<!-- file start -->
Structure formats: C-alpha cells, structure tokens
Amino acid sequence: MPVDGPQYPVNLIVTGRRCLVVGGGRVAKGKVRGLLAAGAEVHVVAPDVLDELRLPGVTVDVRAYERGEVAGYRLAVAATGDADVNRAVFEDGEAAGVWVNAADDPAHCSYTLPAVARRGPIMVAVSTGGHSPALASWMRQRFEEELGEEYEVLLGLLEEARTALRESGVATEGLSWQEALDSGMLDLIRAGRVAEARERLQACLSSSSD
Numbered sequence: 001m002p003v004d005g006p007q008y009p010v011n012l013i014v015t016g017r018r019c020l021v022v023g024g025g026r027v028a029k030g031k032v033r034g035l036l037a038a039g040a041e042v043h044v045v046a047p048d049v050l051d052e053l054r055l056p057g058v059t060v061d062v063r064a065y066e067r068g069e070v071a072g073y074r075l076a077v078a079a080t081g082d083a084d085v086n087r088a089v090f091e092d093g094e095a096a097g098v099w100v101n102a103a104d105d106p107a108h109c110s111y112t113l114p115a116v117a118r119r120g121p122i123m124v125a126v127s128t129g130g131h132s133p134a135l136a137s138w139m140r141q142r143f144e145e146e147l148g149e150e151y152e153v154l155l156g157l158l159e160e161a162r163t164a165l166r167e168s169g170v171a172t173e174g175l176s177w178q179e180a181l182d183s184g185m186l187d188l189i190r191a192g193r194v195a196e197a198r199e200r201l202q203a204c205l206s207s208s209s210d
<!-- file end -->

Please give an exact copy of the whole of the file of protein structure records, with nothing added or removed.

Structure formats: C-alpha cells, structure tokens
Amino acid sequence: MPVDGPQYPVNLIVTGRRCLVVGGGRVAKGKVRGLLAAGAEVHVVAPDVLDELRLPGVTVDVRAYERGEVAGYRLAVAATGDADVNRAVFEDGEAAGVWVNAADDPAHCSYTLPAVARRGPIMVAVSTGGHSPALASWMRQRFEEELGEEYEVLLGLLEEARTALRESGVATEGLSWQEALDSGMLDLIRAGRVAEARERLQACLSSSSD
Numbered sequence: 001m002p003v004d005g006p007q008y009p010v011n012l013i014v015t016g017r018r019c020l021v022v023g024g025g026r027v028a029k030g031k032v033r034g035l036l037a038a039g040a041e042v043h044v045v046a047p048d049v050l051d052e053l054r055l056p057g058v059t060v061d062v063r064a065y066e067r068g069e070v071a072g073y074r075l076a077v078a079a080t081g082d083a084d085v086n087r088a089v090f091e092d093g094e095a096a097g098v099w100v101n102a103a104d105d106p107a108h109c110s111y112t113l114p115a116v117a118r119r120g121p122i123m124v125a126v127s128t129g130g131h132s133p134a135l136a137s138w139m140r141q142r143f144e145e146e147l148g149e150e151y152e153v154l155l156g157l158l159e160e161a162r163t164a165l166r167e168s169g170v171a172t173e174g175l176s177w178q179e180a181l182d183s184g185m186l187d188l189i190r191a192g193r194v195a196e197a198r199e200r201l202q203a204c205l206s207s208s209s210d